The benefits of coaching stability

I think we can all agree to forget about the Music City Bowl for a little while and instead concentrate on the best piece of news to come out of Vanderbilt Stadium this year: James Franklin is not going anywhere.

As pointed out on this site a few weeks ago Franklin would have been unwise to jump the Commodores ship this year. The job openings just weren't there for a coach who is building something legitimate at Vanderbilt. Sure the Auburn and Tennessee jobs might be attractive, but the one thing that Vanderbilt offers that those programs do not is job stability. Heck, you can apparently win a National Championship at Auburn and then be fired three years later.

With no "wow" opening out there Franklin was always likely to stay. It says everything about the stock of the SEC when a coach who has taken his Big Ten school to the Rose Bowl for the last three years (Brett Bielema at Wisconsin) is willing to move to an Arkansas job which is a total rebuilding project. Simply put Franklin is at the best school, in the best conference, and in the best situation to increase his stock further and only leave Vandy (if ever) when a truly top tier gig becomes open.

This was absolutely the smart play by athletic director David Williams. From a public relations perspective the timing of the announcement that Franklin was signed to a long term and big money deal was perfect. Both Vanderbilt University and Williams knew that Franklin was being touted and looked at for a number of the open jobs on the market. Using this to their advantage the announcement shows how committed Franklin is to the school AND (most importantly) how committed Vanderbilt is to football.

If Williams and Franklin have their way the benefits of this coaching stability will be nothing short of monumental. Already the Commodores have seen improvements to the stadium and facilities, but that really could be the tip of the iceberg if Vandy can keep Franklin in town. As part of this second extension in two years there are going to be locker room upgrades and there is going to be a serious look at what can be done to increase the capacity of Vanderbilt Stadium. At just a 40,350 capacity this is the smallest stadium in the SEC and with loft goals which include competing for an SEC Title, you feel there is already a plan in the works. Excitingly there have been mentions of Stanford (a school whose model is perfect for the Commodores) who built a new stadium to house the revamped football program.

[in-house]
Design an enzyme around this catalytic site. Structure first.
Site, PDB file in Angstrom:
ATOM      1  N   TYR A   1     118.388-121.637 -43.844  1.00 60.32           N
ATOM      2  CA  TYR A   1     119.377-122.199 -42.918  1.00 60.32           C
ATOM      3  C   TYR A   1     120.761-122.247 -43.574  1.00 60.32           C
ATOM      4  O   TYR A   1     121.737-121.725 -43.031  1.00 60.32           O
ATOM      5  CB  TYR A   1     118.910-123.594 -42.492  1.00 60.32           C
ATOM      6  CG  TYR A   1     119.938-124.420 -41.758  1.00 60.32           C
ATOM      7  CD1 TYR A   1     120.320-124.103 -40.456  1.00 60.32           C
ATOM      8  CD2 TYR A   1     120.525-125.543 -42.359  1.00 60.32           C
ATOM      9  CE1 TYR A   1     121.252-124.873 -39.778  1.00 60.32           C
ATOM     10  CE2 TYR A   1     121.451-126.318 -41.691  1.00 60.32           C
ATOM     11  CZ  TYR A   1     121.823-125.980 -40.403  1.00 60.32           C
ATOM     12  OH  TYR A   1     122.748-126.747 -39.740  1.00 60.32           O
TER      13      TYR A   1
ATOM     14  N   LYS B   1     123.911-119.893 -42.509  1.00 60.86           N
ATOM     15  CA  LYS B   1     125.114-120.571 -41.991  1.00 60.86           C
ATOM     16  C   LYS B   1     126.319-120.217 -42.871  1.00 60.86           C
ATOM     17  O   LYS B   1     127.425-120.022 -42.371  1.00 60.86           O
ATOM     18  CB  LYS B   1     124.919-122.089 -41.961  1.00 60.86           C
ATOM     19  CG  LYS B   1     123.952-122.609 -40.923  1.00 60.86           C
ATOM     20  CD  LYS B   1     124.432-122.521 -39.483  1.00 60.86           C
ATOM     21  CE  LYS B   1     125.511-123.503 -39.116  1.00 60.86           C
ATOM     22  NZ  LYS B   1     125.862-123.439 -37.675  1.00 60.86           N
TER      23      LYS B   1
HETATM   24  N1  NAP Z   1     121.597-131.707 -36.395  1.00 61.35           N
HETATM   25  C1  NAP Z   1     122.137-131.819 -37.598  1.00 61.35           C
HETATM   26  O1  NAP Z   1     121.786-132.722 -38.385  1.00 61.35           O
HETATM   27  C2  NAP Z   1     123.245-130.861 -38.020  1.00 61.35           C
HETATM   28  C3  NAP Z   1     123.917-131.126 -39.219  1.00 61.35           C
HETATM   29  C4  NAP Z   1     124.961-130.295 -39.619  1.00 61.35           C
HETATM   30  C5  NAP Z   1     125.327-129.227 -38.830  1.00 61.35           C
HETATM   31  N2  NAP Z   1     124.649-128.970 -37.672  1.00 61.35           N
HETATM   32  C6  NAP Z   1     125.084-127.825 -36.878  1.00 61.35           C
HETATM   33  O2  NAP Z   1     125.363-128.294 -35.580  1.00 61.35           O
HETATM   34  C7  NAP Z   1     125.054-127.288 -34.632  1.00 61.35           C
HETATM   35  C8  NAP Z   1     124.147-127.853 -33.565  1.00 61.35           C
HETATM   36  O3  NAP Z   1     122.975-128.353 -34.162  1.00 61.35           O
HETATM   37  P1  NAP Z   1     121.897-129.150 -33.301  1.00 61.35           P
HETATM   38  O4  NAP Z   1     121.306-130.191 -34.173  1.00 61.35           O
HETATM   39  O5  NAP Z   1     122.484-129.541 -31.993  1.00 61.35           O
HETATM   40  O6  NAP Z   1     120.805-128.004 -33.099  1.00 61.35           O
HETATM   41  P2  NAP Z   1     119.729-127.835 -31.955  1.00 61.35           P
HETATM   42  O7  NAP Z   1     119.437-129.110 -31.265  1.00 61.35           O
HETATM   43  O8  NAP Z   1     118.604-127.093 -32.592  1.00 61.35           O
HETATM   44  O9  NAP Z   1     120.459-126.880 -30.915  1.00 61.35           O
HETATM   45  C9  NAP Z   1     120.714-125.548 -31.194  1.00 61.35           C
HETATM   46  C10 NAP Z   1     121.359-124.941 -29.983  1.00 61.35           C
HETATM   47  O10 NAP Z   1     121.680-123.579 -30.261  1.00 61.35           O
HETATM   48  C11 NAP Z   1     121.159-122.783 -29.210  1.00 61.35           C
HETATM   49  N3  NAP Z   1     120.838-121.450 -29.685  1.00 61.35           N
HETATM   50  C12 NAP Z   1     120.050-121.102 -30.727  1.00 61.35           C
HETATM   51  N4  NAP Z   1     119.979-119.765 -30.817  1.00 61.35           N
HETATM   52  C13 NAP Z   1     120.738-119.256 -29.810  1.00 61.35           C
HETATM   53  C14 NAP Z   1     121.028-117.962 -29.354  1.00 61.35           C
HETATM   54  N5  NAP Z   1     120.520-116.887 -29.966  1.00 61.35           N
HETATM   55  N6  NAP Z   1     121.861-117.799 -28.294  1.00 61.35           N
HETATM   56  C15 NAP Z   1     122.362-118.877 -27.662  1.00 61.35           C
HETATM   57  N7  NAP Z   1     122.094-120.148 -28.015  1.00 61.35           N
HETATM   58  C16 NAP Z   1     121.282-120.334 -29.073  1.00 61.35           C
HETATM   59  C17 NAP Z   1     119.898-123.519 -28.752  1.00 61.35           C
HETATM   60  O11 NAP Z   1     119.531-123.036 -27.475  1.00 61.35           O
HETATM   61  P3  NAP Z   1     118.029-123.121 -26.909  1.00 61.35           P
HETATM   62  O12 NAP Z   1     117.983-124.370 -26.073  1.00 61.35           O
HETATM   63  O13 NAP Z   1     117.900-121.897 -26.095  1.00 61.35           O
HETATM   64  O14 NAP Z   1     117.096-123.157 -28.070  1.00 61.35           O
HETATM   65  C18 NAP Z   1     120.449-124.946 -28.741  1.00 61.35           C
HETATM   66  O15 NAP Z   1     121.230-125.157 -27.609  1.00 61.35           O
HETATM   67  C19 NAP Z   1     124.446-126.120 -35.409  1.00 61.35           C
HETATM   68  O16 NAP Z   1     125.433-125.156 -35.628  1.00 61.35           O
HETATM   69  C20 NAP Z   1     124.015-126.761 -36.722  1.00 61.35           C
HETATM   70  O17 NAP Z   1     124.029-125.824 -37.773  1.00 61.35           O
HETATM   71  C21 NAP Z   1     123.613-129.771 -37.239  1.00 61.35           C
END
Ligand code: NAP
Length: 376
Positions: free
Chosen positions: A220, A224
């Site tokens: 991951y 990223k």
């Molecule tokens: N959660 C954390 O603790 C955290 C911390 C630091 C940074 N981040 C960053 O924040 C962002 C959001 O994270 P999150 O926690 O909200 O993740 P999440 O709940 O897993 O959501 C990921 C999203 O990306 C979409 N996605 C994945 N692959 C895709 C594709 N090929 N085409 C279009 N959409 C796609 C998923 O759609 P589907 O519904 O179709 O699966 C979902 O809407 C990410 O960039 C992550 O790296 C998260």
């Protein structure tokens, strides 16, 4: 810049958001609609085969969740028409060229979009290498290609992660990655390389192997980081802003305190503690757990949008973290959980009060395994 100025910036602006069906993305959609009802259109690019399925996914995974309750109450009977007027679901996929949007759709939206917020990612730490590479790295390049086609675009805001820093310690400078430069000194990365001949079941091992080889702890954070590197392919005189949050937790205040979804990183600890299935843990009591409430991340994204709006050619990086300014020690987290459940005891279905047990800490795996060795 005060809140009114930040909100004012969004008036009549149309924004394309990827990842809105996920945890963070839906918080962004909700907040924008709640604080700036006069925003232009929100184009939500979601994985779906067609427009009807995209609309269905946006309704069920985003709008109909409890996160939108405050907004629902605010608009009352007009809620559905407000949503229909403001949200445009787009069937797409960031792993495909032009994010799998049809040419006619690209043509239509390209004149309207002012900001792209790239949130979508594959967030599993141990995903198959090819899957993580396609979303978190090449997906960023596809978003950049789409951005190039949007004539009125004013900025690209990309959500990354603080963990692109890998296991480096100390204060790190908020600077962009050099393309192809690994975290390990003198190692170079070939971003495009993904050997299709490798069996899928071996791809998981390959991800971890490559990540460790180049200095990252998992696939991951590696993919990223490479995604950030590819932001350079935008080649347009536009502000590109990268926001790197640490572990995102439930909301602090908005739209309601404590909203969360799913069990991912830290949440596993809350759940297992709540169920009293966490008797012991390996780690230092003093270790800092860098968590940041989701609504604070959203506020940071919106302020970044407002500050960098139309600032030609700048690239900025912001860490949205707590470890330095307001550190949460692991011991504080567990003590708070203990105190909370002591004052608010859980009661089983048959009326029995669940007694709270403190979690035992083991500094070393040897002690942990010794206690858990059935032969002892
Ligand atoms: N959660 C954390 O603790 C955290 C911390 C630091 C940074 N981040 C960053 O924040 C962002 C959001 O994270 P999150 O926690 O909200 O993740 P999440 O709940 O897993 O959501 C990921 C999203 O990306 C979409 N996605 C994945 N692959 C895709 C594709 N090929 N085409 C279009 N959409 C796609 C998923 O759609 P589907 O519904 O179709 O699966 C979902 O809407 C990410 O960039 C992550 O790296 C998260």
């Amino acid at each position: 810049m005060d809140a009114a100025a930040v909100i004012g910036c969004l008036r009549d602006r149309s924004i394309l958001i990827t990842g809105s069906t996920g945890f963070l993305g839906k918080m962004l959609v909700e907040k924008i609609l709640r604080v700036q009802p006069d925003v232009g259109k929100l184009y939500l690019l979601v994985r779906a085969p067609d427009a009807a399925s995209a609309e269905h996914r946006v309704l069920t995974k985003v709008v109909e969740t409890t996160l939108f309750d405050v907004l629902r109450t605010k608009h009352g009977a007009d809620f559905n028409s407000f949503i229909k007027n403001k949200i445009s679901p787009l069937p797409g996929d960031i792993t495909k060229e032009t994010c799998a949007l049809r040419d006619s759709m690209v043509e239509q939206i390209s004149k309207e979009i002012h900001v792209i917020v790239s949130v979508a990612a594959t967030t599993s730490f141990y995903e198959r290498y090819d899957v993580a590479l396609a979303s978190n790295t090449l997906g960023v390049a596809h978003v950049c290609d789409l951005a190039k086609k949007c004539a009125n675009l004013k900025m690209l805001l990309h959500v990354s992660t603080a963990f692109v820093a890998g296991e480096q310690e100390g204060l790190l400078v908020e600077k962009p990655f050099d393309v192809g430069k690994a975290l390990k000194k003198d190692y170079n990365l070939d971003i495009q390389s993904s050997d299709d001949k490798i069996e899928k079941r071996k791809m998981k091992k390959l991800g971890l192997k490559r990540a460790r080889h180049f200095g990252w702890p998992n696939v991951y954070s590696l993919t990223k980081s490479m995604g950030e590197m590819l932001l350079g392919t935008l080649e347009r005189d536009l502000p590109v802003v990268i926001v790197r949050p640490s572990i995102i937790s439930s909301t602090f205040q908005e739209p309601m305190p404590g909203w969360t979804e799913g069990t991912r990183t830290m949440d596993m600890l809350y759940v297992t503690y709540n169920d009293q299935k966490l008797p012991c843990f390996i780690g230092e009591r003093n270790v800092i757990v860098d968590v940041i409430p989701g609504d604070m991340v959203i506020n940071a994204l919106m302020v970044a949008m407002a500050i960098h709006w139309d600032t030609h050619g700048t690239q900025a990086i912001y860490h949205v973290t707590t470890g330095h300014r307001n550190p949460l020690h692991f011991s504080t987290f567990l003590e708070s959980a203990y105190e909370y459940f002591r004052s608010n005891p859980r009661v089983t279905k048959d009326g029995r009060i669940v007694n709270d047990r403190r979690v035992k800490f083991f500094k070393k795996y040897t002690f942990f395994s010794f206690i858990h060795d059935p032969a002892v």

Most importantly the new contract has provisions for raises within the coaching staff. As good as Franklin is it is imperative that he is able to keep together (and even add to) the coaching staff as he sees fit. Success within the program makes every Vandy assistant a candidate for head coaching and coordinator positions around the country. By increasing the money available for these huge contributors it is hoped that they will be kept in town keeping the Commodore machine running smoothly from one season to the next.

"This really is about our kids and our players," said Franklin. "I made a promise to them, and we made a promise to them as a staff, that they could come to Vanderbilt and chase all their dreams, their wildest dreams, at the highest level.

"This is about continuing to make progress, continuing to take steps in the right direction, so we can build a program for the long haul that people can be very, very proud of."

I have a sneaky feeling Franklin will find a way to make every Vanderbilt fan prouder than ever before his black and gold days are done.

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